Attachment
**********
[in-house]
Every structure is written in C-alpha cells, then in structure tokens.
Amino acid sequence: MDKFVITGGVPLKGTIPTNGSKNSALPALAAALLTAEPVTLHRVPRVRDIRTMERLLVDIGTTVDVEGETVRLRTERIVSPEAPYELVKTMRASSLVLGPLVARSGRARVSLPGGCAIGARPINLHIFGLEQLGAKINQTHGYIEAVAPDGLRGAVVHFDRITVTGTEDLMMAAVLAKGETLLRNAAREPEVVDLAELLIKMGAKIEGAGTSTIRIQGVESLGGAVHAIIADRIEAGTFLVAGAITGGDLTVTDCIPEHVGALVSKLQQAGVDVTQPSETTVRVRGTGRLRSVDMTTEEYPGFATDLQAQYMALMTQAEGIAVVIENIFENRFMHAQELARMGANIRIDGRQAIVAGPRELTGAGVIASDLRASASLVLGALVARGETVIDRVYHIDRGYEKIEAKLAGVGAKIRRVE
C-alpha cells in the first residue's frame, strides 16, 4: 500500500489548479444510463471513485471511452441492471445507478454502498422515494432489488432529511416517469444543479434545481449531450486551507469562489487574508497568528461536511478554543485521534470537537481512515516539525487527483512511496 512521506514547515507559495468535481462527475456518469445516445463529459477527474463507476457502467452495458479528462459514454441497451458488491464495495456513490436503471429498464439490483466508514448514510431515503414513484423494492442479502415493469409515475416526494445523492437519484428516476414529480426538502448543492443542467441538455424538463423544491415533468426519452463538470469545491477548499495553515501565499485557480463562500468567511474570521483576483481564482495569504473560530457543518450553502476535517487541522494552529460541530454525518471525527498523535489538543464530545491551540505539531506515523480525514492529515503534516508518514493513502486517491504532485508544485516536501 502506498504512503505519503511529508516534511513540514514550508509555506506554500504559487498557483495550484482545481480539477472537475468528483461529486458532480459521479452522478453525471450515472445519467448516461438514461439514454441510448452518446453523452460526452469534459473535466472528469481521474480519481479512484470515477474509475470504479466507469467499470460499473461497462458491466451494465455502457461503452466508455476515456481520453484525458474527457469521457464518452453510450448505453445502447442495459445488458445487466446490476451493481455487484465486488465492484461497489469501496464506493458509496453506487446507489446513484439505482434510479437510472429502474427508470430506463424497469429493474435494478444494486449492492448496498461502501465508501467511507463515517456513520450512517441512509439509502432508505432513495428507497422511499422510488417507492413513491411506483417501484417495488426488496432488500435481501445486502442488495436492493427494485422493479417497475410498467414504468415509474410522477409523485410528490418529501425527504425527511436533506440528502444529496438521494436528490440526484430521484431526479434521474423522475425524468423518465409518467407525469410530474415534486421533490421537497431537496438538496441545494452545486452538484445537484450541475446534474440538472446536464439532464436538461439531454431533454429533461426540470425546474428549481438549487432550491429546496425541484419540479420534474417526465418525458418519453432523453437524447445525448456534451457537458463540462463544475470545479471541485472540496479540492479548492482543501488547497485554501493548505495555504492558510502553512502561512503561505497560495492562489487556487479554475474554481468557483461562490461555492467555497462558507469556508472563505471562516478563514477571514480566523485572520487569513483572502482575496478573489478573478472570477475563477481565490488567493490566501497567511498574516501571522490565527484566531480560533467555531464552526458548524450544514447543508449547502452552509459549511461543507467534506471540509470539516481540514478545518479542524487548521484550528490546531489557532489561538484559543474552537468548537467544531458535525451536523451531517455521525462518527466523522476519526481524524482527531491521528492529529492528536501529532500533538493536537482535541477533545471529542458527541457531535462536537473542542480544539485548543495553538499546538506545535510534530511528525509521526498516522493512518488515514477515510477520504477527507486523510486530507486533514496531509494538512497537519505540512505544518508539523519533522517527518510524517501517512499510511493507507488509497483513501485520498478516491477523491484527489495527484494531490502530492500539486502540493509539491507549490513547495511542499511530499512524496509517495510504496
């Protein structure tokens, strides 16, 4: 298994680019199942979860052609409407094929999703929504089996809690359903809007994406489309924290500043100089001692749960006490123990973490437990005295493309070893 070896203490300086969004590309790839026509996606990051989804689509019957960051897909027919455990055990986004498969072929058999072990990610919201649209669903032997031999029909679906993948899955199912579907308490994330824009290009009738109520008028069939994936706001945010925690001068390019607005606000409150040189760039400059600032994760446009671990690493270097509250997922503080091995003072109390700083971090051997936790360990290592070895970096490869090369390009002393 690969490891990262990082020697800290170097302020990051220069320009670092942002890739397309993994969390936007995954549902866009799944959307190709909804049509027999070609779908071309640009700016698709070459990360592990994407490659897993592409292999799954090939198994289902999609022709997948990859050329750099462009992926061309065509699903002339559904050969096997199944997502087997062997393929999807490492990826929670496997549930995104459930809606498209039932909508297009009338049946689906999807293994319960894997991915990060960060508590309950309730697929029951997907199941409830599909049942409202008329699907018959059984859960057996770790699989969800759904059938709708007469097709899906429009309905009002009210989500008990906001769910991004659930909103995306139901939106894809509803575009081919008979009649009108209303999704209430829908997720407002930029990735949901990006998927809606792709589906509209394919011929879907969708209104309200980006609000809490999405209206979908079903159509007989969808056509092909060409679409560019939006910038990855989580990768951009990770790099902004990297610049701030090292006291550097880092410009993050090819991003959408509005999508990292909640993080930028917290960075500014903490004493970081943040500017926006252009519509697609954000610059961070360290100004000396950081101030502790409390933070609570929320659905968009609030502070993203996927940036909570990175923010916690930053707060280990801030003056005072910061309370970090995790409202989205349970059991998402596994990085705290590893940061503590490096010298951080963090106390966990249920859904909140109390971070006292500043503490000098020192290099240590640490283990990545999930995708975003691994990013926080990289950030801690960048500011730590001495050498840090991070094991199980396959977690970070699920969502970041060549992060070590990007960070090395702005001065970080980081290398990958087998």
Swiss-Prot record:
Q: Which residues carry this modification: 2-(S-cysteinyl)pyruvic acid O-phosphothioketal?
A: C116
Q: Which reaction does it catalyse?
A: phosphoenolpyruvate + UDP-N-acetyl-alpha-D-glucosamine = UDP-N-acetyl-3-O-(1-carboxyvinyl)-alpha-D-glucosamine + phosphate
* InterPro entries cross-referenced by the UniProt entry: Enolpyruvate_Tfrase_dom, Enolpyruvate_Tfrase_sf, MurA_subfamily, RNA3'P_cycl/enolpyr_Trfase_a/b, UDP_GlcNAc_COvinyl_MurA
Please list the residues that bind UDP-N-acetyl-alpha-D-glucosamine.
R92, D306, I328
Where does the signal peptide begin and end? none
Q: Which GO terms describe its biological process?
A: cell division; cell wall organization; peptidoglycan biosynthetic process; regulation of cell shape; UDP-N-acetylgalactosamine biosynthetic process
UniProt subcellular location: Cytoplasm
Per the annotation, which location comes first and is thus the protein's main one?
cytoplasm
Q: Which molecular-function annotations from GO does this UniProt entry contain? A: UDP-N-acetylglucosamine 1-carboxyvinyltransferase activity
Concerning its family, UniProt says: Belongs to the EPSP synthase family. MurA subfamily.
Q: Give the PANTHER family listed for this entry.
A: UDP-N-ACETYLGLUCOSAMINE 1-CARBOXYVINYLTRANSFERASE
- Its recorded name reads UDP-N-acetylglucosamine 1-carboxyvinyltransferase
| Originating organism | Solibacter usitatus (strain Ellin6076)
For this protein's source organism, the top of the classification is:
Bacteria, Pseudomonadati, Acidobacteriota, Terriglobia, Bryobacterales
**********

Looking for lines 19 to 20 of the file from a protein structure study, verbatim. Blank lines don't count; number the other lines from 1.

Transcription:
cytoplasm
Q: Which molecular-function annotations from GO does this UniProt entry contain? A: UDP-N-acetylglucosamine 1-carboxyvinyltransferase activity